2.1.2. Second step: The score underlying Nutri-Score was then validated in various epidemiological studies (in general population of volunteers and in representative random samples) based on data from individual food surveys conducted on several thousand participants (with biological markers in some studies) [17-20]. Subjects with a nutritional profile of dietary intake corresponding to a better Nutri-Score have higher consumption of fruits, vegetables and fish, lower consumption of sweet, fatty and salted snacking products, higher intake of fiber, vitamin C, beta-carotene, calcium, zinc and iron, lower saturated fatty acid intakes, better adherence to public health nutritional guidelines and better biological status in antioxidants (higher blood levels of vitamin C and beta-carotene). These studies demonstrate that eating foods better ranked on the Nutri-Score scale is associated with better overall nutritional quality of the diet and better nutritional status.

2.1.3. Third step : Finally, and this is the most compelling step to judge the appropriateness of the algorithm, validation of Nutri-Score has also been studied in terms of association, at individual level, with health criteria in prospective cohorts. The algorithm underlying the Nutri-Score has been studied in large cohorts in France, Spain and at European level. In France, analysis in the SU.VI.MAX cohorts (6,435 subjects followed for 13 years [21-24] and the NutriNet-Santé cohort (46,864 subjects followed for 6 years) [25.26], showed that the consumption of foods with lower FSA NPS corresponding to consumption of foods with more favourable rating in the Nutri-Score scale, is associated with a lower risk of developing chronic diseases, including cancers, cardiovascular diseases, weight gain and metabolic syndrome. In Spain, the SUN cohort (20,503 subjects; 10 years of follow-up) [27] and the ENRICA cohort (12,054 adults followed 10 years) [28] also showed that the consumption of foods with a less favourable classifications on the Nutri-Score scale was associated prospectively with a higher rate of all-cause mortality, cancer mortality [27] and cardiovascular mortality [28]. Two studies carried out within the European EPIC cohort (more than 500,000 participants in 10 European countries with a follow-up of more than 15 years) confirmed these results on a very large european population. In the first study [29], analysing the occurrence of 49,794 cancers, participants consuming on average more foods with a score corresponding to unfavourable rating on Nutri-Score, presented an increased risk of developing cancer. This increased risk was more specifically observed for cancers of the rectum, upper aerodigestive tract and stomach, lung in men, liver and breast (post-menopausal) in women. In the second EPIC cohort study [30], after more than 17 years of follow-up and analysis of 53,112 deaths, participants who consumed more foods with less favourable Nutri-Score, showed increased mortality (total mortality and mortality related to cancer and diseases of the circulatory, respiratory and digestive systems).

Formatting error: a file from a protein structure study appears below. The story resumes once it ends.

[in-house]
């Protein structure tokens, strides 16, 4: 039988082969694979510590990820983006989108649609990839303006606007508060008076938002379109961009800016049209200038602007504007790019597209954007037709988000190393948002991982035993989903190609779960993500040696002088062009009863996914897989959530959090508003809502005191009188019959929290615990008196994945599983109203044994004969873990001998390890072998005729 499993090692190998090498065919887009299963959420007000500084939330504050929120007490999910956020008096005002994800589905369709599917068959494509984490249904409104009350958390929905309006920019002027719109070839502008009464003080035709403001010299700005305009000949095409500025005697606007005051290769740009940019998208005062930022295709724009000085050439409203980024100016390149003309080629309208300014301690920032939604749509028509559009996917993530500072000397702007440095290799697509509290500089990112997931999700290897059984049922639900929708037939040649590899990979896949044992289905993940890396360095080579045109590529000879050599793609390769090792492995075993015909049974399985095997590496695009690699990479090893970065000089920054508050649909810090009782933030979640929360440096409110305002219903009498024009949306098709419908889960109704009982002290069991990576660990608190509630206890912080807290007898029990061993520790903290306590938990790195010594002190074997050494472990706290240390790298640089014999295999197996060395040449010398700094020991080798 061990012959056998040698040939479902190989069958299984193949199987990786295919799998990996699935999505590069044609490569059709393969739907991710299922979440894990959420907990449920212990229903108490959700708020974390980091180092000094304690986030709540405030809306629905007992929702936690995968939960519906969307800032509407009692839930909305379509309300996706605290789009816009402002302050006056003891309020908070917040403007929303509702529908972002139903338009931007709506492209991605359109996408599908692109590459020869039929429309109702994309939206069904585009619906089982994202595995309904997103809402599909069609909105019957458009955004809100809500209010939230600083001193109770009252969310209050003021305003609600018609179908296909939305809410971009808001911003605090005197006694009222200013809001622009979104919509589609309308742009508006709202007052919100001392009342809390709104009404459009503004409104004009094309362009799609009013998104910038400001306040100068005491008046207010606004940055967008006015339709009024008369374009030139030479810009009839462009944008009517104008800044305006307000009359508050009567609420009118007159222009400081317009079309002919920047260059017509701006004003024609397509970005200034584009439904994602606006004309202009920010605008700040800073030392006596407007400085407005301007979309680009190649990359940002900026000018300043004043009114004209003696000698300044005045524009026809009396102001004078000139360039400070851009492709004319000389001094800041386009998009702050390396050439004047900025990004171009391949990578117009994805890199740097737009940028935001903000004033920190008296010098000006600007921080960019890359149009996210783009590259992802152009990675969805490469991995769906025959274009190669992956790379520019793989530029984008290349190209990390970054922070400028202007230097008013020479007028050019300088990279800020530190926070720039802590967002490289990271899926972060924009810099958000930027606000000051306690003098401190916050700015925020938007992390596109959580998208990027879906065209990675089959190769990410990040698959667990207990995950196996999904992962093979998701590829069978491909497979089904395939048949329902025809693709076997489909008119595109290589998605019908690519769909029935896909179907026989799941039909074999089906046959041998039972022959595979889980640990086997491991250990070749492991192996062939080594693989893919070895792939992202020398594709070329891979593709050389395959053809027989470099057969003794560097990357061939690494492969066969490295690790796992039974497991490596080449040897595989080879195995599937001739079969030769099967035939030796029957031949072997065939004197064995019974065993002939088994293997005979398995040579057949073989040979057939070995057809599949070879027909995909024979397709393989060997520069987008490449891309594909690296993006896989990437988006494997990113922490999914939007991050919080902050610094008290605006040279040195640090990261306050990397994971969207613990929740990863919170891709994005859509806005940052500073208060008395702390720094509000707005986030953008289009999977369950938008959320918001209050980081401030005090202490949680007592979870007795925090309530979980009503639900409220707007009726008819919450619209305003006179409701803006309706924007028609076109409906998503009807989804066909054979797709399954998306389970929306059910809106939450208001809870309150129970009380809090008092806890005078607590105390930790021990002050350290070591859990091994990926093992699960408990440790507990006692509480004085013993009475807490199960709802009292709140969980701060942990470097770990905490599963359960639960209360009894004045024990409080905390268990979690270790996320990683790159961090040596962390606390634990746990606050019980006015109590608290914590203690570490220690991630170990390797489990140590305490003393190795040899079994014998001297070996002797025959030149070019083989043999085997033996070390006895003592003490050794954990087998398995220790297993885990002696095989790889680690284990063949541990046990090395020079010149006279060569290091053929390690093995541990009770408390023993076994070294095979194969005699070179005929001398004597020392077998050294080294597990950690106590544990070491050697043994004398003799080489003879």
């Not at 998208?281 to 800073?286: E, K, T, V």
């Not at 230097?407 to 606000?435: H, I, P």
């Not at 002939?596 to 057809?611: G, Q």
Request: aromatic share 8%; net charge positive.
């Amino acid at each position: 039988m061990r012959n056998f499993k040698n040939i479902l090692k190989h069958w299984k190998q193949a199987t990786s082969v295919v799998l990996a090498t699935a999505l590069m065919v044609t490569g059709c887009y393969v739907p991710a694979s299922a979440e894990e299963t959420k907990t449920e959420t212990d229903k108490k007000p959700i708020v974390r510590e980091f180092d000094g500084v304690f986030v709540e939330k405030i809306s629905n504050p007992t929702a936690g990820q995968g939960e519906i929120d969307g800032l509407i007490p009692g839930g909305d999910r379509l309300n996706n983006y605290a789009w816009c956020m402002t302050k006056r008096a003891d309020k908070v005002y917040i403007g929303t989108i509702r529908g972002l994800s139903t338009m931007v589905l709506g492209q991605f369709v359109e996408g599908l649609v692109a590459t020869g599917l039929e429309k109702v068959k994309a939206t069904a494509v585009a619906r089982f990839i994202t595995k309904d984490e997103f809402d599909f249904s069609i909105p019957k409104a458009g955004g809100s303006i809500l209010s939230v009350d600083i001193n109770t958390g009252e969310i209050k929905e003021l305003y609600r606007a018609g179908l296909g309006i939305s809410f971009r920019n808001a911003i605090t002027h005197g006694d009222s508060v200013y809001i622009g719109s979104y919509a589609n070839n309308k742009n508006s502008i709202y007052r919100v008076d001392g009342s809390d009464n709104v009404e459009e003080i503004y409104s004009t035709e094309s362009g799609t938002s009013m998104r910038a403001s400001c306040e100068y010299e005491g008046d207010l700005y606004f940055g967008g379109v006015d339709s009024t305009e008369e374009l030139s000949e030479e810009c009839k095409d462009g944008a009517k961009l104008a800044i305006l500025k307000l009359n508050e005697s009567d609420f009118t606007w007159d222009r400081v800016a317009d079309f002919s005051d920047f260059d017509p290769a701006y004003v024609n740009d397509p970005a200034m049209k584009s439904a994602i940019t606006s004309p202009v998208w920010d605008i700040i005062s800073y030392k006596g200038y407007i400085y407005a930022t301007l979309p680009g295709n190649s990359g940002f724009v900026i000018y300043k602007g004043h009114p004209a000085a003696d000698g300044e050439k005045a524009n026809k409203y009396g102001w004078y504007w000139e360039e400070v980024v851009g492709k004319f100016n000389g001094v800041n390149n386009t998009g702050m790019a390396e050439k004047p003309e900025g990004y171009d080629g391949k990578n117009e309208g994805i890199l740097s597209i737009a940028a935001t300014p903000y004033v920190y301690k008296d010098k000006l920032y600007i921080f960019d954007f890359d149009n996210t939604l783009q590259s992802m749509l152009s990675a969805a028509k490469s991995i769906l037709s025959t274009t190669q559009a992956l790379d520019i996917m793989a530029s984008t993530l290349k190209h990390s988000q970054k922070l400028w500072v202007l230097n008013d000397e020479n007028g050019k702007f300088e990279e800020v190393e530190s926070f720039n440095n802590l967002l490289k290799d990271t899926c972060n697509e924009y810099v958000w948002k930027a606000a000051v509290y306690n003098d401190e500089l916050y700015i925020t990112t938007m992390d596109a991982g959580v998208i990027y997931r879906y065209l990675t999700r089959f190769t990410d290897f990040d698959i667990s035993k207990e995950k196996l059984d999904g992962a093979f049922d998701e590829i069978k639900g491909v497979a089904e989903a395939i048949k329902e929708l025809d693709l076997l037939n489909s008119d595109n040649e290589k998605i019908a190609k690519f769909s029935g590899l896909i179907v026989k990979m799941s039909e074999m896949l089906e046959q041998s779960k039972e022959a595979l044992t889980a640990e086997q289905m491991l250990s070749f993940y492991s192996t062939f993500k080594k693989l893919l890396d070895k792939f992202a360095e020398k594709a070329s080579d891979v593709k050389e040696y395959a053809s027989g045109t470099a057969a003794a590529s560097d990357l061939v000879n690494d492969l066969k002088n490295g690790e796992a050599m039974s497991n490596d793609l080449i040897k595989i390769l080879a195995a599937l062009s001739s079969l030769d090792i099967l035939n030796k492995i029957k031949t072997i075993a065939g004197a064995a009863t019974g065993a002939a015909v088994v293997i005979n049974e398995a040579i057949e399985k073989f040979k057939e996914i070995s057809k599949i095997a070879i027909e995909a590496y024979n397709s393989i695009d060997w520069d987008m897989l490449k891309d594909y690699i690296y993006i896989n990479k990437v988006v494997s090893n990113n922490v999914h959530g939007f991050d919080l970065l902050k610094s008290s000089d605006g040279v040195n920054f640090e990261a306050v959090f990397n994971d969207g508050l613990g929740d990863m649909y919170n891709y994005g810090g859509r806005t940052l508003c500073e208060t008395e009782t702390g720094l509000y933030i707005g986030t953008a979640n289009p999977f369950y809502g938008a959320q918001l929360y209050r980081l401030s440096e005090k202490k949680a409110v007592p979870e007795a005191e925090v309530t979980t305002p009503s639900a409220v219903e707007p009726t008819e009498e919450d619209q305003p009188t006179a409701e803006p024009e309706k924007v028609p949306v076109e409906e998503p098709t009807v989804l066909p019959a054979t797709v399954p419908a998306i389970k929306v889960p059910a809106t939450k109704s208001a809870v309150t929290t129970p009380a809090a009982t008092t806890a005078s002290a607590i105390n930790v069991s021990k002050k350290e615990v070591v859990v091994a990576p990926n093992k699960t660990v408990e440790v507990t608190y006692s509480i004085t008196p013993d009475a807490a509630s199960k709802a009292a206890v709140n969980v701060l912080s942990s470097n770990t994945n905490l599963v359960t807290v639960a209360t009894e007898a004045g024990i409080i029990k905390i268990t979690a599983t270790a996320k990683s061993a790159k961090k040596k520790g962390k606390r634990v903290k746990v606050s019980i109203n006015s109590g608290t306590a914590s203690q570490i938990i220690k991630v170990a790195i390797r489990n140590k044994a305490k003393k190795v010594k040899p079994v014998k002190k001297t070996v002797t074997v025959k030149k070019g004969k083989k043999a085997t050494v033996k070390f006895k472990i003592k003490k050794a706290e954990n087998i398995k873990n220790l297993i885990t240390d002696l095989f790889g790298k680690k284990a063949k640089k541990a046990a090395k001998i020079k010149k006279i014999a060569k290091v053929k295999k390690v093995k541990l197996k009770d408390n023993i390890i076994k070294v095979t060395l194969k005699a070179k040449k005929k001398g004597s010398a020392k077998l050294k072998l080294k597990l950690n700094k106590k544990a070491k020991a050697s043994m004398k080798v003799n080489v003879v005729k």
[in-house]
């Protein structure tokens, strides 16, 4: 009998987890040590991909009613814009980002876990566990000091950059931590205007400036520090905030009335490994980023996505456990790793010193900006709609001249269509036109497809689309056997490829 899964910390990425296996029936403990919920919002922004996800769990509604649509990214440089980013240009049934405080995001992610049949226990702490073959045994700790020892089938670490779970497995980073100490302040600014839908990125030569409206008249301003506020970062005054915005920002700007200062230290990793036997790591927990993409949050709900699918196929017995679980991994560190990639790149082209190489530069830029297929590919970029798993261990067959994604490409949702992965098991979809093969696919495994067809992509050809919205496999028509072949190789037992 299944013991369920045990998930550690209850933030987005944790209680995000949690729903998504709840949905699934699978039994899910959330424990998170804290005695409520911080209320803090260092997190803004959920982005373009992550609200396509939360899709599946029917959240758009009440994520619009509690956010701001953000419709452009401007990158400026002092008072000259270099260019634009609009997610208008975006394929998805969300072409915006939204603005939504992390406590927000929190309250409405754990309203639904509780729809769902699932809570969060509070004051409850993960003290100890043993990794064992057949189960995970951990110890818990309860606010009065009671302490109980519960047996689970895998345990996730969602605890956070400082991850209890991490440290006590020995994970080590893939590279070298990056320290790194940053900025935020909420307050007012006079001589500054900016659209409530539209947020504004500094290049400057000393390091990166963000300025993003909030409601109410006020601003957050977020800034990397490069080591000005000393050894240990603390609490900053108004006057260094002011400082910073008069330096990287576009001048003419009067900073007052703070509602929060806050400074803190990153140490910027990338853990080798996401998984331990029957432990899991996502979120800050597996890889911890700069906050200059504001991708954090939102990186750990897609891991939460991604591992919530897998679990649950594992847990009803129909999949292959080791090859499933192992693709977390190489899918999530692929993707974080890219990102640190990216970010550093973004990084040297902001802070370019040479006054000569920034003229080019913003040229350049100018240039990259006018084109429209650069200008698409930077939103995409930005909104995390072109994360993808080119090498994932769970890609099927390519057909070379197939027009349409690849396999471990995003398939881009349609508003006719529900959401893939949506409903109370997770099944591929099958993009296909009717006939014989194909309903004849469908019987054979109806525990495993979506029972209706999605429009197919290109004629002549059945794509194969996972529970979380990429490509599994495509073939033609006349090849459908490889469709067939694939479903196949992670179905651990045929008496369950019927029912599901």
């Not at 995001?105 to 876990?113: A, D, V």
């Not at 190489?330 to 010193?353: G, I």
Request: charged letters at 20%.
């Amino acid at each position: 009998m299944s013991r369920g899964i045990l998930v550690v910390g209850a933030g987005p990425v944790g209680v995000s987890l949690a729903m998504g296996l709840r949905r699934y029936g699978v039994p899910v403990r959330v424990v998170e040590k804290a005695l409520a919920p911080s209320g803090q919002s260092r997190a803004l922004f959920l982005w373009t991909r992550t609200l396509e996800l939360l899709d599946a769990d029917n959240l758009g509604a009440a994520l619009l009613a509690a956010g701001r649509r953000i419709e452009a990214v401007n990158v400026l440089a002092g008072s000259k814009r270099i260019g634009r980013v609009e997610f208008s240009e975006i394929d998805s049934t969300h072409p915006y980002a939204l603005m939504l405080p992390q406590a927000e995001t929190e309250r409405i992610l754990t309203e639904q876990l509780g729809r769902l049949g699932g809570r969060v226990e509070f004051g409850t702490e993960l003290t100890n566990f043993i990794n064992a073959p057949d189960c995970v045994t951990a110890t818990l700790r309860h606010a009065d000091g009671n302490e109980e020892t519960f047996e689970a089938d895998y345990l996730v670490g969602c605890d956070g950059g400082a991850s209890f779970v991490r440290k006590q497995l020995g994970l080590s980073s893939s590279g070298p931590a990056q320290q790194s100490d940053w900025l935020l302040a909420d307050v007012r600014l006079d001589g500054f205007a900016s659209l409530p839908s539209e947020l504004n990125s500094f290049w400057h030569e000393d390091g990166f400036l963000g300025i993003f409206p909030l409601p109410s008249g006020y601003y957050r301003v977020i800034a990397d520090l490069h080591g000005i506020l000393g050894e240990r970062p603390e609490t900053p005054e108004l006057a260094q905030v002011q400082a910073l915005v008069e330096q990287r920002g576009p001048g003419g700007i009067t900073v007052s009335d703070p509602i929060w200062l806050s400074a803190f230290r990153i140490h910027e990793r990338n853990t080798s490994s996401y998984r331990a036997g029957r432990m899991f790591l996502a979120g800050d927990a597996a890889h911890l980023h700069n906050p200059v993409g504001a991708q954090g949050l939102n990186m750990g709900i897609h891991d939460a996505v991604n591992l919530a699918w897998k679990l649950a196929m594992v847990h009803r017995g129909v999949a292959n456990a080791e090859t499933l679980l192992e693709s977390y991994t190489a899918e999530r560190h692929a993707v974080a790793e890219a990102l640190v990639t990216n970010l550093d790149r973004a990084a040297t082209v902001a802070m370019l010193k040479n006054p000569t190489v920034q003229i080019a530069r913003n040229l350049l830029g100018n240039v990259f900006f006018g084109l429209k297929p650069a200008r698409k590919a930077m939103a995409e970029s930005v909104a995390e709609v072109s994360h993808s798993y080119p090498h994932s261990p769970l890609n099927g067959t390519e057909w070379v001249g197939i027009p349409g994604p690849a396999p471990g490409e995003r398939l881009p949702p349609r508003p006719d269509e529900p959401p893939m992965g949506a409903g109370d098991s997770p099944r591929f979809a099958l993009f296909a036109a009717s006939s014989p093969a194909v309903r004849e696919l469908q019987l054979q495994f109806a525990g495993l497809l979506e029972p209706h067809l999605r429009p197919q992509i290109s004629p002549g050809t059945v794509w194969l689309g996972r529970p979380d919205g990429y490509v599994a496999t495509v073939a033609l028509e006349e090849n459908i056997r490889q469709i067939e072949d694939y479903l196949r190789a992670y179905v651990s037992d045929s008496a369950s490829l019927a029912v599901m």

It is also interesting to take into consideration in the framework of the studies aimed to validate of the algorithm underlying the Nutri-Score, the results in the NutriNet-Santé cohort involving more than 71,000 participants followed for 9 years [31] showed that all the variants of the FSA NPS used in the world are associated with weight gain and obesity but the variant used to calculate the Nutri-Score (FSA-NPS modified by the HCSP) was the most strongly associated with the risk of weight gain and obesity, compared to the original model and the other versions of the score modified for the calculation of the Australian/New-Zealand front-of-pack Health Star Rating or to define health claims in Australia/New Zealand.

Finally, all prospective cohort studies conducted in different contexts found an association between the consumption of foods well classified by Nutri-Score and a lower risk of chronic disease and lower mortality. These results lead to the conclusion that, if each of the nutritional elements taken into account in the calculation of the Nutri-Score has a solid scientific justification, the aggregation of these components within the overall algorithm of its calculation is strongly validated. This step of validation constitutes an important argument in favour of the relevance and the reliability of this algorithm in terms of the choice of the elements incorporated in its computation and the allocation of points to the differents constituent elements.